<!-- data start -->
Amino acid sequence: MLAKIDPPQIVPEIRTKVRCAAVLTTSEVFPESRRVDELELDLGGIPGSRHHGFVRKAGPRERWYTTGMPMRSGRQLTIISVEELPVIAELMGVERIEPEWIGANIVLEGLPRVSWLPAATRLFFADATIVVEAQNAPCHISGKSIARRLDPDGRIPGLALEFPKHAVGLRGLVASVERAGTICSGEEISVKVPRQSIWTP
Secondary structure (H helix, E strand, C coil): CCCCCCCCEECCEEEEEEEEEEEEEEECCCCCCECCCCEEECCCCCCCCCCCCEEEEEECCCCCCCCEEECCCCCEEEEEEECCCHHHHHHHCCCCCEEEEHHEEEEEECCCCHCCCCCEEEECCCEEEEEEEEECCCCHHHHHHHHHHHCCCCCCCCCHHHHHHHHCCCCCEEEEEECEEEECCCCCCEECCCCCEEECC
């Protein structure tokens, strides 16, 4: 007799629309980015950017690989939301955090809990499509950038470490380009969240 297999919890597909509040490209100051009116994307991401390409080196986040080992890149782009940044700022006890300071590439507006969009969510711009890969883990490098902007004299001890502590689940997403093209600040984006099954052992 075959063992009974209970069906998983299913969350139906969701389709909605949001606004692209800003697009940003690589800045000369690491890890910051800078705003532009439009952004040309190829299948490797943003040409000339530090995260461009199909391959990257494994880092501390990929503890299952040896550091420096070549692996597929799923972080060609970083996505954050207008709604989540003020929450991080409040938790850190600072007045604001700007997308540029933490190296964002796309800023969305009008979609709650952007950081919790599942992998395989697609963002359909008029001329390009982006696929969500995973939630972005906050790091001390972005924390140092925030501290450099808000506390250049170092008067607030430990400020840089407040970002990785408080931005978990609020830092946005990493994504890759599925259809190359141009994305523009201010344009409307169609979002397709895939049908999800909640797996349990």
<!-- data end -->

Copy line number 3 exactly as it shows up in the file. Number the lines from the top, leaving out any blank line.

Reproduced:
């Protein structure tokens, strides 16, 4: 007799629309980015950017690989939301955090809990499509950038470490380009969240 297999919890597909509040490209100051009116994307991401390409080196986040080992890149782009940044700022006890300071590439507006969009969510711009890969883990490098902007004299001890502590689940997403093209600040984006099954052992 075959063992009974209970069906998983299913969350139906969701389709909605949001606004692209800003697009940003690589800045000369690491890890910051800078705003532009439009952004040309190829299948490797943003040409000339530090995260461009199909391959990257494994880092501390990929503890299952040896550091420096070549692996597929799923972080060609970083996505954050207008709604989540003020929450991080409040938790850190600072007045604001700007997308540029933490190296964002796309800023969305009008979609709650952007950081919790599942992998395989697609963002359909008029001329390009982006696929969500995973939630972005906050790091001390972005924390140092925030501290450099808000506390250049170092008067607030430990400020840089407040970002990785408080931005978990609020830092946005990493994504890759599925259809190359141009994305523009201010344009409307169609979002397709895939049908999800909640797996349990």